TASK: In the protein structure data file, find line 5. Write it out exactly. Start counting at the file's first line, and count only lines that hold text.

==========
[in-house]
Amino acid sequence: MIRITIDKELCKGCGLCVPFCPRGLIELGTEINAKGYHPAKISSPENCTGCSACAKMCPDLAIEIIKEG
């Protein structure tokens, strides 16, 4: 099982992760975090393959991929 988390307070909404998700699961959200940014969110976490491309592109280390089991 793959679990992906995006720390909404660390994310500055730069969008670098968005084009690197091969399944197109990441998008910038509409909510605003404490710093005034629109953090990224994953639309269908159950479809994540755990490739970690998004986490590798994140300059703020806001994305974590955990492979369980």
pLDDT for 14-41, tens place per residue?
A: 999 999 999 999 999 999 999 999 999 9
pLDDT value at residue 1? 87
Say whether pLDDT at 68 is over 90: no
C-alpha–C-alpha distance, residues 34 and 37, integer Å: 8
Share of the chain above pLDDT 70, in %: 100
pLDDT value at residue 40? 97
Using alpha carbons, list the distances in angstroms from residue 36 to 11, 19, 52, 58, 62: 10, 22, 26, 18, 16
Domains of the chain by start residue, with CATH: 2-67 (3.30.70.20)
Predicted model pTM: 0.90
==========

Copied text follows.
A: 999 999 999 999 999 999 999 999 999 9